2. Detailed Analysis:
The following is a more detailed analysis:
1. Title and Address (Revelation 1:1-8)
2. Vision of Jesus and Message to the Seven Churches of the Province of Asia (Revelation 1:9-20)
3. The Letters to the Seven Churches (Revelation 2; Revelation 3)
(1) Ephesus (Revelation 2:1-7)
(2) Smyrna (Revelation 2:8-11)
(3) Pergamos (Revelation 2:12-17)
(4) Thyatira (Revelation 2:18-29)
(5) Sardis (Revelation 3:1-6)
(6) Philadelphia (Revelation 3:7-13)
(7) Laodicea (Revelation 3:14-22)
II. THE THINGS TO COME. FIRST SERIES OF VISIONS: THE SEALS AND TRUMPETS
1. The Vision of Heaven
(1) Adoration of the Creator (Revelation 4)
(2) The 7-Sealed Book; Adoration of God and the Lamb (Revelation 5)
2. Opening of Six Seals (Revelation 6)
(1) The White Horse (Revelation 6:1, 2)
(2) The Red Horse (Revelation 6:3, 4)
(3) The Black Horse (Revelation 6:5, 6)
(4) The Pale Horse (Revelation 6:7, 8)
(5) Souls under the Altar (Revelation 6:9-11)
(6) The Wrath of the Lamb (Revelation 6:12-17)
3. Interludes (Revelation 7)
(1) Sealing of 144,000 on Earth (Revelation 7:1-8)
(2) Triumphant Multitude in Heaven (Revelation 7:9-17)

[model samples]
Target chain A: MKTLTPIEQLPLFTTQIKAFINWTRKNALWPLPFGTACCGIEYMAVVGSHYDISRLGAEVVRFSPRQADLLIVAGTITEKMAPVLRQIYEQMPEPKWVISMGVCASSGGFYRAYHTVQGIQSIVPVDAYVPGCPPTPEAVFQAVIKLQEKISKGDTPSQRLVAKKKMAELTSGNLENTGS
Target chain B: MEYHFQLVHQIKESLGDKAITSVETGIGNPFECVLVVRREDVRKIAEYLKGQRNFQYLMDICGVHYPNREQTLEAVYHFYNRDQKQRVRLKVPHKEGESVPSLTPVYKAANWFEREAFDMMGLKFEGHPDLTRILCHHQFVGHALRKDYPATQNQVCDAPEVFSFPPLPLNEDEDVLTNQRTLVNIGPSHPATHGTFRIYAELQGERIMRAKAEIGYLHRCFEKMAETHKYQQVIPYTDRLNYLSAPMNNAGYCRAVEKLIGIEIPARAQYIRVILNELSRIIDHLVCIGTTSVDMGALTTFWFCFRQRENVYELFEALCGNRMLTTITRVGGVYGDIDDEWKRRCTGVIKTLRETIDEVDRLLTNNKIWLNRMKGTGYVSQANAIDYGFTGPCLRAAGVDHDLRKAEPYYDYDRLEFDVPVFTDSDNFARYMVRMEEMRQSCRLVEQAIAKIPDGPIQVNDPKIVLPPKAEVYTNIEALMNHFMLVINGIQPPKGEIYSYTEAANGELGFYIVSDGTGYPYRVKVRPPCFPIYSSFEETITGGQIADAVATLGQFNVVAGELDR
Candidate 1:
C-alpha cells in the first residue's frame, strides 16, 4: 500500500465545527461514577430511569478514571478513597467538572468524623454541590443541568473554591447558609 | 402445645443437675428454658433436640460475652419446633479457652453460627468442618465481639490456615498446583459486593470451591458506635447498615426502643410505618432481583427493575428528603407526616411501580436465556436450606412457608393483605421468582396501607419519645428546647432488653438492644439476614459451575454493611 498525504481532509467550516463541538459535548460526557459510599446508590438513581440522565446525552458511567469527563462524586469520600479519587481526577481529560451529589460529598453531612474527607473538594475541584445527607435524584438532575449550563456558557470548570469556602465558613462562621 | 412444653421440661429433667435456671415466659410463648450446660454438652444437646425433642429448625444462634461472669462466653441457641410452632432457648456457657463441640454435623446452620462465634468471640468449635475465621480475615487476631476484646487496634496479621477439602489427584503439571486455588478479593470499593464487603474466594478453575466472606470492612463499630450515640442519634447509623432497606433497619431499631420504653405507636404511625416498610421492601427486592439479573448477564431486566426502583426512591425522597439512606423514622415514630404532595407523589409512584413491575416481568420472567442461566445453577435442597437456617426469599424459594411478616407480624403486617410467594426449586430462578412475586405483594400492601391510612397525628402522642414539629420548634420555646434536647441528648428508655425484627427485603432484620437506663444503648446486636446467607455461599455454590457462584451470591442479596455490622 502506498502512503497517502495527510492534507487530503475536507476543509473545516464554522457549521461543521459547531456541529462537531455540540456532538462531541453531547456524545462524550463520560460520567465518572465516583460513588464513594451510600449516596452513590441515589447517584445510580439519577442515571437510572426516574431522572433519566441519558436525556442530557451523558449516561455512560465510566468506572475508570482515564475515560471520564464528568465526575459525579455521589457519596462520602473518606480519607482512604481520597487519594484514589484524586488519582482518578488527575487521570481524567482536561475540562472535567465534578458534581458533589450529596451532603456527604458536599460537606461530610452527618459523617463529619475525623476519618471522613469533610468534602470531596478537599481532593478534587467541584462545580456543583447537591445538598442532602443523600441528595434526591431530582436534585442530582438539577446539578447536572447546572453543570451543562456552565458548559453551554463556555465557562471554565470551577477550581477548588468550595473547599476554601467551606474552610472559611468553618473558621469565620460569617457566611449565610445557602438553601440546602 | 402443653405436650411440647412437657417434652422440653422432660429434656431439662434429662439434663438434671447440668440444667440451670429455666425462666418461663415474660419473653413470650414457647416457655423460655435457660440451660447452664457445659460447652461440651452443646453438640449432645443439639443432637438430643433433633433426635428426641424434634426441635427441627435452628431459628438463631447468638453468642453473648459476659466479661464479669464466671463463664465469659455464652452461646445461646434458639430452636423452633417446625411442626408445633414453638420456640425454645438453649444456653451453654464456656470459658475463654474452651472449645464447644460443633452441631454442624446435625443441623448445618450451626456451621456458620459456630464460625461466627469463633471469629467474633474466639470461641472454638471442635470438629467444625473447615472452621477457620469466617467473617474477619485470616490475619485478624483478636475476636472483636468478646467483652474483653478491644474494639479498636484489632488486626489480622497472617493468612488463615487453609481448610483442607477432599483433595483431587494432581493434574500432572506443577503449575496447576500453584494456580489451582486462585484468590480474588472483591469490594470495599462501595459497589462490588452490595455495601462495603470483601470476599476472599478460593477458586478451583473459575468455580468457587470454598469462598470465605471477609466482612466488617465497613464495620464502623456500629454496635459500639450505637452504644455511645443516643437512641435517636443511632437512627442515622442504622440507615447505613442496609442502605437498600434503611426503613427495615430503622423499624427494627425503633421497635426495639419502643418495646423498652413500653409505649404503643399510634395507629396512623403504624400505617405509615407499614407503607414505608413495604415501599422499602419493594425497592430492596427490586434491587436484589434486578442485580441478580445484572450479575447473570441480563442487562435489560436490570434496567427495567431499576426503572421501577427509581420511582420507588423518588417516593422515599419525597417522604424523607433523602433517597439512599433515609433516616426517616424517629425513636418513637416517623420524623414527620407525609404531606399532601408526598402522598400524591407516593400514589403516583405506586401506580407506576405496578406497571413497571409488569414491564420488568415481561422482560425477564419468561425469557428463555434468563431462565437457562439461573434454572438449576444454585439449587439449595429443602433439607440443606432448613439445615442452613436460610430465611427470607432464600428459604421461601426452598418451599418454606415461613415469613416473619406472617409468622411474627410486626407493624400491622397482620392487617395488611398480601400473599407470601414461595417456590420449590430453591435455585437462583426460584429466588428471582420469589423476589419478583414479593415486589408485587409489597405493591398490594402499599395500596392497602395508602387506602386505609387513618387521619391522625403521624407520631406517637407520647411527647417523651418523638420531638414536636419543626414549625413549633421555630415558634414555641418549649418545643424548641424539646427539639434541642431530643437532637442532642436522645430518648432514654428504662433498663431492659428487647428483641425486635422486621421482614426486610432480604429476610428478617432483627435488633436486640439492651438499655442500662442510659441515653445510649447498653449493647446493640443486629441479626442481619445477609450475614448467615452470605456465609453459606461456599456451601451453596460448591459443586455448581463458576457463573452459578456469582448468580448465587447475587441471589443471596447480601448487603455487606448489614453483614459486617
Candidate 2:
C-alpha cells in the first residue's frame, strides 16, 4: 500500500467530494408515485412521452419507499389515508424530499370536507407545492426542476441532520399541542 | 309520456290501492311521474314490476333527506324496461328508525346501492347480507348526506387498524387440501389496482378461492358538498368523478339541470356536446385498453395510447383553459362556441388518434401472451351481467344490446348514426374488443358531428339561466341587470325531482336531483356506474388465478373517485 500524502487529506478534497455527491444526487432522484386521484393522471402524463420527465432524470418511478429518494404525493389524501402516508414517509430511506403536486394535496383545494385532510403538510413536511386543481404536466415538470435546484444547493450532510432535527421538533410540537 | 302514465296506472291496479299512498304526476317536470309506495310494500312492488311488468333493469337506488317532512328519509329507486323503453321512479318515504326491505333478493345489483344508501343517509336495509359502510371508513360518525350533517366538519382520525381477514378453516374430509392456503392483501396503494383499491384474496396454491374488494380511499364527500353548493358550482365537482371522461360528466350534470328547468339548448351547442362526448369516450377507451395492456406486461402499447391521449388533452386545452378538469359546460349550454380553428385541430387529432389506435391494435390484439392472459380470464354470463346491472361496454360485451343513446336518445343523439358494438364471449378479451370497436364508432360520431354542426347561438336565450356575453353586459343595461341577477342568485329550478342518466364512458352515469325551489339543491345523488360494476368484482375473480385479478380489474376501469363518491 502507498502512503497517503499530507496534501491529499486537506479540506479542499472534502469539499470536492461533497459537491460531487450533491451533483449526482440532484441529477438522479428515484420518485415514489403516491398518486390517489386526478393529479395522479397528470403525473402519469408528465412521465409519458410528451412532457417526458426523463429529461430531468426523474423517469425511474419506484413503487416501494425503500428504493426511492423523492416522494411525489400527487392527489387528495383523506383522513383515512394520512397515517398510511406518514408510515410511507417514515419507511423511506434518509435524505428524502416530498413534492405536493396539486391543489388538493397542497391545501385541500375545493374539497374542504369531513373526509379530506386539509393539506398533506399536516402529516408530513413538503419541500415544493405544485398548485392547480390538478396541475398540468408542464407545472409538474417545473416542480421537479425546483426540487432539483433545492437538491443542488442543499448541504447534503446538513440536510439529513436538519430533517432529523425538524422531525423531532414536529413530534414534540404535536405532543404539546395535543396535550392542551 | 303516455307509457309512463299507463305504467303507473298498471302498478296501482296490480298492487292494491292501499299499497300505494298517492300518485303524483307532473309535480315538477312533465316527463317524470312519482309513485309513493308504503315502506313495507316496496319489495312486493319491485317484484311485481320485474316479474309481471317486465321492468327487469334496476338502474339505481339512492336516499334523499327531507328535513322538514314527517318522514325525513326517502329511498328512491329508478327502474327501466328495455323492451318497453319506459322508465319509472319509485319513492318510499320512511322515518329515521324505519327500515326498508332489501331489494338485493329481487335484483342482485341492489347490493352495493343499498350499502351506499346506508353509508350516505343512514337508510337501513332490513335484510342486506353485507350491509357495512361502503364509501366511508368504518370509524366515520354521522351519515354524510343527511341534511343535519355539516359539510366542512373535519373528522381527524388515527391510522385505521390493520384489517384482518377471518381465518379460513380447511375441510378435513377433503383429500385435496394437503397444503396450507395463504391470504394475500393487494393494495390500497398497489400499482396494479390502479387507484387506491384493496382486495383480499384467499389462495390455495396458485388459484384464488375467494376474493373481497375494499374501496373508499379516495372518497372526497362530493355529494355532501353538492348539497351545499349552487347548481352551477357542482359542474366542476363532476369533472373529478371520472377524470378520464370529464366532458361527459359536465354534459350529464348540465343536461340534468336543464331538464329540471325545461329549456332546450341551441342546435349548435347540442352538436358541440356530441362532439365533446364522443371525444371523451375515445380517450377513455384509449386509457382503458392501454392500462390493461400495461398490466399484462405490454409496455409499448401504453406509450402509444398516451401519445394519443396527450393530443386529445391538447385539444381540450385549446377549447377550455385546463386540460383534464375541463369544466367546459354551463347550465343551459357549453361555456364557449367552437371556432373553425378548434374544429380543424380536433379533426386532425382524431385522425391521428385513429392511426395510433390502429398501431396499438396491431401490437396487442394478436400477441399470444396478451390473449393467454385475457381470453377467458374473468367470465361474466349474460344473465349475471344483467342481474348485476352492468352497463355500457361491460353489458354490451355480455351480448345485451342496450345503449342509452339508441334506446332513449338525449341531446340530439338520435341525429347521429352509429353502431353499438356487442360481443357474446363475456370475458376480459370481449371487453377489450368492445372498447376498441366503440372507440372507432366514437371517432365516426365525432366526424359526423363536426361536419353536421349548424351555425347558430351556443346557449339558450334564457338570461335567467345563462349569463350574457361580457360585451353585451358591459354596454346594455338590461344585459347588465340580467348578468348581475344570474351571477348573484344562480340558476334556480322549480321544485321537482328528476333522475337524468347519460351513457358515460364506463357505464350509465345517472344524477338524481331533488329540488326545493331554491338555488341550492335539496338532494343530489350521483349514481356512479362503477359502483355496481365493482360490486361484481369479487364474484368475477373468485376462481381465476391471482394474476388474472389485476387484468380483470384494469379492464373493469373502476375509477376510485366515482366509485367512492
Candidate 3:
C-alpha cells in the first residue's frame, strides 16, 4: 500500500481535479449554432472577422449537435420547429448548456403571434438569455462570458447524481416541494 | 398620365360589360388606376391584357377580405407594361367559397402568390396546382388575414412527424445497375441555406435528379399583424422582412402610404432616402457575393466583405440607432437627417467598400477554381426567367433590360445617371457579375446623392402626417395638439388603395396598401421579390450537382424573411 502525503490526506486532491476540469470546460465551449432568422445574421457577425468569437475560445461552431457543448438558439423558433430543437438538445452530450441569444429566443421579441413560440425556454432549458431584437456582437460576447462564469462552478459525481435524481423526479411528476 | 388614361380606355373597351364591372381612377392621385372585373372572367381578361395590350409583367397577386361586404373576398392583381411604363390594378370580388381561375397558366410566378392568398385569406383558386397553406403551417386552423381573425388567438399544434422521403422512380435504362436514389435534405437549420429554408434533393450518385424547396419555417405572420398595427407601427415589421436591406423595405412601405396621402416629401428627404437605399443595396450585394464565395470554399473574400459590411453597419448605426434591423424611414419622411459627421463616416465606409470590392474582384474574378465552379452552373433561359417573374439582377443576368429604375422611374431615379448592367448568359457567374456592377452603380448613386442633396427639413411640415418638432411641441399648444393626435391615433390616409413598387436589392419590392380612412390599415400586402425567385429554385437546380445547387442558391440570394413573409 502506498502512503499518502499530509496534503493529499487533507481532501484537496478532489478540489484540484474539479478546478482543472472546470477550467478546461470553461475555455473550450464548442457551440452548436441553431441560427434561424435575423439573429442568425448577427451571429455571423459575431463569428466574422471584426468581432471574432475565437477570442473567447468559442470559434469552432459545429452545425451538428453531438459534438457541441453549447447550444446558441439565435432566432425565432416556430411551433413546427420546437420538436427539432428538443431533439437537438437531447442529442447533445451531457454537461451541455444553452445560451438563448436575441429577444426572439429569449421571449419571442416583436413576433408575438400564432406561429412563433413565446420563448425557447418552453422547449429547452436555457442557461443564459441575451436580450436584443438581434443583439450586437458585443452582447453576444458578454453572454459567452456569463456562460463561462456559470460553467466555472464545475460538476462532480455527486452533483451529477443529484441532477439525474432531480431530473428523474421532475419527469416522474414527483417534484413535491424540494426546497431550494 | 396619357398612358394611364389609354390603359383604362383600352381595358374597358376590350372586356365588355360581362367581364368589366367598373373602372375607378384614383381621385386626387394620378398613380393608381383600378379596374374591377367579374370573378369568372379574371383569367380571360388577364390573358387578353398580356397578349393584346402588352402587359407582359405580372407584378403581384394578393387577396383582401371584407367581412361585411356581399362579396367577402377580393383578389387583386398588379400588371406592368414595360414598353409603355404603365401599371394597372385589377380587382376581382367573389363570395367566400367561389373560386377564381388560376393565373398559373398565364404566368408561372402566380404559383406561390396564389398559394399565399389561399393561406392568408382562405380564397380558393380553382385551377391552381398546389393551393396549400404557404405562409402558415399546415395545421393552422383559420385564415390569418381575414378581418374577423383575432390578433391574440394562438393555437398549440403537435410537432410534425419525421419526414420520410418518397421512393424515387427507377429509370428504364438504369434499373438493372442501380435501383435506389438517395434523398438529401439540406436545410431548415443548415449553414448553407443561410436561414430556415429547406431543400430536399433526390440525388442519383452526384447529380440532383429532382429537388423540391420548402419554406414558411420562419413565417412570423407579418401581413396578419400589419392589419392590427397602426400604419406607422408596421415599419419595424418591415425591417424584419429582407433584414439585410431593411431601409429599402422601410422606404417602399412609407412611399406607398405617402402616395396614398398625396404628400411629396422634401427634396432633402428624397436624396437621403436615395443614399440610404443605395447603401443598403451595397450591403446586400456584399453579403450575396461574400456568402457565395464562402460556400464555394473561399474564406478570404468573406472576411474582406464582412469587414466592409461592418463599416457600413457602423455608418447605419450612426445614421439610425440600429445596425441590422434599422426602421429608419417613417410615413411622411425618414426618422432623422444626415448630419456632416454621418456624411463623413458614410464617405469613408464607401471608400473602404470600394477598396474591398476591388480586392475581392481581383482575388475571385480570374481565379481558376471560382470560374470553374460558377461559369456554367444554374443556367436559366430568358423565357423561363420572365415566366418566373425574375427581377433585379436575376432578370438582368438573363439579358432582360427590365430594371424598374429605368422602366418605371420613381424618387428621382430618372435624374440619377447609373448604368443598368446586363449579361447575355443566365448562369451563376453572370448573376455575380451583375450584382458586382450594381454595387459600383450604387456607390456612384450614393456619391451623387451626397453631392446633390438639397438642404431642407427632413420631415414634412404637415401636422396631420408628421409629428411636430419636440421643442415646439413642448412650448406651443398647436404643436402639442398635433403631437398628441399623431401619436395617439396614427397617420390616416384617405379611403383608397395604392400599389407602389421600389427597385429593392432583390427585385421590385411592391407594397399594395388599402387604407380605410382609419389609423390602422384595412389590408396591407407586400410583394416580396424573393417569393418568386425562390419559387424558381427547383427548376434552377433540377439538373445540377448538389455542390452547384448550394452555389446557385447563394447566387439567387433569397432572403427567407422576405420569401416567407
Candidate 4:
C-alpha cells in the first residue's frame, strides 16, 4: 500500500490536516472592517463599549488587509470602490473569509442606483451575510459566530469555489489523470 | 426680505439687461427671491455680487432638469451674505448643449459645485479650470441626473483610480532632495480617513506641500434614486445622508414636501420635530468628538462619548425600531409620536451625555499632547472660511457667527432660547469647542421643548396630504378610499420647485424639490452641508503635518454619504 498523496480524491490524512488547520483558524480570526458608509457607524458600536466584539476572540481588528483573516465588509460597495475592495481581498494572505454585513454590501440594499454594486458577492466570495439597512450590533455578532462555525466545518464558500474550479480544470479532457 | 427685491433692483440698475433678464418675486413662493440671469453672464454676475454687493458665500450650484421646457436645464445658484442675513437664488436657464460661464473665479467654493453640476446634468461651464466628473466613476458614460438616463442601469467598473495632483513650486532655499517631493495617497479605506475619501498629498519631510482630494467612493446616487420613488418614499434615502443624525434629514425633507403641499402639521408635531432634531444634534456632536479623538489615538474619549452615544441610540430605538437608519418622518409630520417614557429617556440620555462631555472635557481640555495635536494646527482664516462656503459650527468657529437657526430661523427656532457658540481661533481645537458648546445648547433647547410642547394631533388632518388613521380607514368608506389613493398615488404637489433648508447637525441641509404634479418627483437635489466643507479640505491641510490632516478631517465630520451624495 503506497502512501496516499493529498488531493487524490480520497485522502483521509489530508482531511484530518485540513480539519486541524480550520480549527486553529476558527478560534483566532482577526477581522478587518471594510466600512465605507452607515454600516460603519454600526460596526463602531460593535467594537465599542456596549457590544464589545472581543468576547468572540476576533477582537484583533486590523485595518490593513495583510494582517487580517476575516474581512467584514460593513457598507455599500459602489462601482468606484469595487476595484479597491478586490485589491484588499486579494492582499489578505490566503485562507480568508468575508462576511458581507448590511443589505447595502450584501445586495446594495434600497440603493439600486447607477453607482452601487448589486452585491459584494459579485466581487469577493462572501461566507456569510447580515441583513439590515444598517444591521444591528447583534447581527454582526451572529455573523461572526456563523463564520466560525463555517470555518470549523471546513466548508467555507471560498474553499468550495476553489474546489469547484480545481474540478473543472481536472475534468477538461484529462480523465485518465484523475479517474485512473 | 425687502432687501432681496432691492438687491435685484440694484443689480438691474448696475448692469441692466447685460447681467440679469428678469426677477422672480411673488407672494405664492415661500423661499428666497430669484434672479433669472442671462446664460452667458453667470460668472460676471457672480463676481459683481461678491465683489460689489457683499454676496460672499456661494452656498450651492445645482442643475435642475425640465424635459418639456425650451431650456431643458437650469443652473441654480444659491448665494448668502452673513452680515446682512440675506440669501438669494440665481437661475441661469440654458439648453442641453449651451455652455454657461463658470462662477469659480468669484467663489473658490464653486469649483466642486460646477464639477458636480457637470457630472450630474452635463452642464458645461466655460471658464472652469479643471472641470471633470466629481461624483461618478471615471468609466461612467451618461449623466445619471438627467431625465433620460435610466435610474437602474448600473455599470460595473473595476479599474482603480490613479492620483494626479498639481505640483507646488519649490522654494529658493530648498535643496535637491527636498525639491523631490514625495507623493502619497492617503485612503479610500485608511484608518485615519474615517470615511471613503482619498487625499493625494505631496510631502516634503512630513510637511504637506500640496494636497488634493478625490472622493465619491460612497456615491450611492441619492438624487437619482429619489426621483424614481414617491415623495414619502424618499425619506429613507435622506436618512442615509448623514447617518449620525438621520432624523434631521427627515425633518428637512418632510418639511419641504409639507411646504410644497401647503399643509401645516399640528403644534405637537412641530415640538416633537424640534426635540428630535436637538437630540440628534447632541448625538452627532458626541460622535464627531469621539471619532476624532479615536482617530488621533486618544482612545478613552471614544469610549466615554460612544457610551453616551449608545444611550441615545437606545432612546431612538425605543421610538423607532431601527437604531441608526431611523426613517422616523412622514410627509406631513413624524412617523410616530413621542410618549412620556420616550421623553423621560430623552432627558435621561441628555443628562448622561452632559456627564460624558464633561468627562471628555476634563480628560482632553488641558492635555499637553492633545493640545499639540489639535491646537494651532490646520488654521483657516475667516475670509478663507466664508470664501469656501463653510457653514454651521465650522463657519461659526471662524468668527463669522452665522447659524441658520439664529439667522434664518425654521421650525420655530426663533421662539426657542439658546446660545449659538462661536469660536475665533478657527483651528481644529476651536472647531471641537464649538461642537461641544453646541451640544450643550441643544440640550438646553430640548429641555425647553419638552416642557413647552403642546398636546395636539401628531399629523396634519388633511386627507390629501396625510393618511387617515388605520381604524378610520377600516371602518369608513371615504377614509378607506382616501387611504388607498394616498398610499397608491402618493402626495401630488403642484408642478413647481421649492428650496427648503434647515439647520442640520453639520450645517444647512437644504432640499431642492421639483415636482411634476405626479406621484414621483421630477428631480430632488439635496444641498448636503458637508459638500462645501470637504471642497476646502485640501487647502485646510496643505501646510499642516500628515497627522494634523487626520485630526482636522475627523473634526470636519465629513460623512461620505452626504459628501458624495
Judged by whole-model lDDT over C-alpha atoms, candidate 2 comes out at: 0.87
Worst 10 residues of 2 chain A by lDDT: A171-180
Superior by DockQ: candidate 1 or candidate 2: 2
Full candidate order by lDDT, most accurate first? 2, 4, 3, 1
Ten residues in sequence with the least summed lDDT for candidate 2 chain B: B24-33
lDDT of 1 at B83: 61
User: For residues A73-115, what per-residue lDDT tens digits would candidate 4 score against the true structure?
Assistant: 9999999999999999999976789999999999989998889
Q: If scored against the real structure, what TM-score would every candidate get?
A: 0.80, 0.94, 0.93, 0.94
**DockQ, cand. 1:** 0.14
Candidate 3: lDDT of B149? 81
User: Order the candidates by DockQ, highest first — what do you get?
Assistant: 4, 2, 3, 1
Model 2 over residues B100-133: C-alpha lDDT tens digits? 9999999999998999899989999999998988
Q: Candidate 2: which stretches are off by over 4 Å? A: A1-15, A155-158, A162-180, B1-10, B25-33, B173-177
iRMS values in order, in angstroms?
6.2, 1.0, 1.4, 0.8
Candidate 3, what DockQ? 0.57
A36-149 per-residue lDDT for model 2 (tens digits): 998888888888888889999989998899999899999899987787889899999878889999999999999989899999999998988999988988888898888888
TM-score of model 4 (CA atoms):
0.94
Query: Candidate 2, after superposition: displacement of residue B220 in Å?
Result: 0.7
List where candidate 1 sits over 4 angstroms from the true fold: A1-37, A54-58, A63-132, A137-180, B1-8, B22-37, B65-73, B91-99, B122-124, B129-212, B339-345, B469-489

4. Opening of Seventh Seal: under This Seven Trumpets, of Which Six Now Sounded (Revelation 8; Revelation 9)
(1) Hail and Fire on Earth (Revelation 8:7)
(2) Burning Mountain in Sea (Revelation 8:8, 9)
(3) Burning Star on Rivers and Fountains (Revelation 8:10, 11)
(4) One-third Sun, Moon, and Stars Darkened (Revelation 8:12). "Woe"-Trumpets (Revelation 8:13)
(5) The Fallen Star-Locusts (Revelation 9:1-11)
(6) Angels Loosed from Euphrates-the Horseman (Revelation 9:12-21)
(1) Angel with Little Book (Revelation 10)
(2) Measuring of Temple and Altar-the Two Witnesses (Revelation 11:1-13)
6. Seventh Trumpet Sounded-Final Victory (Revelation 11:14-19)
III. SECOND SERIES OF VISIONS: THE WOMAN AND THE RED DRAGON; THE TWO BEASTS; THE BOWLS AND LAST PLAGUES
1. The Woman and Child; the Red Dragon and His Persecutions (Revelation 12)
2. The Beast from the Sea, Seven-headed, Ten-horned (Revelation 13:1-10); the Two-horned Beast (Revelation 13:11-18)
3. Interludes (Revelation 14)
(1) The Lamb on Mt. Zion; the 144,000 (Revelation 14:1-5)
(2) The Angel with "an Eternal Gospel" (Revelation 14:6, 7)
(3) Second Angel-(Anticipatory) Proclamation of Fall of Babylon (Revelation 14:8)
(4) Third Angel-Doom of Worshippers of the Beast (Revelation 14:9-12)
(5) Blessedness of the Dead in the Lord (Revelation 14:13)
(6) The Son of Man and the Great Vintage (Revelation 14:14-20)
4. The Seven Last Plagues-the Angels and Their Bowls: the Preparation in heaven (Revelation 15)-the Outpouring (Revelation 16)
(1) On Earth (Revelation 16:2)
(2) On Sea (Revelation 16:3)
(3) On Rivers and Fountains (Revelation 16:4-7)
(4) On Sun (Revelation 16:8, 9)
(5) On Seat of Beast (Revelation 16:10, 11)
(6) On Euphrates-Har-Magedon (Revelation 16:12-16)
(7) In the Air-Victory and Fall of Babylon (Revelation 16:17-21)
IV. EXPANSION OF LAST JUDGMENTS (Revelation 17-19)
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JOHN, THE REVELATION OF
See REVELATION OF JOHN.